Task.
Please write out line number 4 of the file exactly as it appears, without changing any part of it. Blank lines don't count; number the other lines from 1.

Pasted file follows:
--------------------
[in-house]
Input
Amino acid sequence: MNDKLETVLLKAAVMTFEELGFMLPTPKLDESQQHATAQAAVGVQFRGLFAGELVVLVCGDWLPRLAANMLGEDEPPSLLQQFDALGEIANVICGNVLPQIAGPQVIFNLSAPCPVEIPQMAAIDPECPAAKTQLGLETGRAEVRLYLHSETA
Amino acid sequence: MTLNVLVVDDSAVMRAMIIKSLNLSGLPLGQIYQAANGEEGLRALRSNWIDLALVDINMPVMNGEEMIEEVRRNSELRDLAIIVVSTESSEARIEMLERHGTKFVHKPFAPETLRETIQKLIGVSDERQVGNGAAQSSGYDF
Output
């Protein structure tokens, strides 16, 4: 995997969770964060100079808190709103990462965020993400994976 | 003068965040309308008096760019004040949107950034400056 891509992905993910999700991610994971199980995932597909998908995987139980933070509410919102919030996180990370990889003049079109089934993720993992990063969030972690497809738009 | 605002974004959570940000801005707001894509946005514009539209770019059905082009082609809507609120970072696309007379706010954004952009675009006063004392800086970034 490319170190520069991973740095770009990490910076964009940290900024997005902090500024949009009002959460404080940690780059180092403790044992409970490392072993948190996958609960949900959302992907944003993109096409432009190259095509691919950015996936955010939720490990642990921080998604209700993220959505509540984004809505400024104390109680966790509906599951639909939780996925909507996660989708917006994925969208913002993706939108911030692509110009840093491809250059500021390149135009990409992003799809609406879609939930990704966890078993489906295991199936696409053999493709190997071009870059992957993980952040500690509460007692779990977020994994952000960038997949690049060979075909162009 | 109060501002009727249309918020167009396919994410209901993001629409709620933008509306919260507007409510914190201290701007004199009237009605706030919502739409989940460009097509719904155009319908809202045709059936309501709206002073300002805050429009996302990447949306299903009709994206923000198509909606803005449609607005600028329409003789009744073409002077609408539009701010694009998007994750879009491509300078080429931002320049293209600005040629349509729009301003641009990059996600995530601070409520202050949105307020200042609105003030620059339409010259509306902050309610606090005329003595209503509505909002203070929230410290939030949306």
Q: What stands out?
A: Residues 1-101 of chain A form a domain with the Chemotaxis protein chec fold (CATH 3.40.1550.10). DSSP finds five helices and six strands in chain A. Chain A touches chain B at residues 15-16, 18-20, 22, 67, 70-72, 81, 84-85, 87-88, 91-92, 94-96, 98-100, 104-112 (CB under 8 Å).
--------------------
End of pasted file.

Amino acid sequence: MTLNVLVVDDSAVMRAMIIKSLNLSGLPLGQIYQAANGEEGLRALRSNWIDLALVDINMPVMNGEEMIEEVRRNSELRDLAIIVVSTESSEARIEMLERHGTKFVHKPFAPETLRETIQKLIGVSDERQVGNGAAQSSGYDF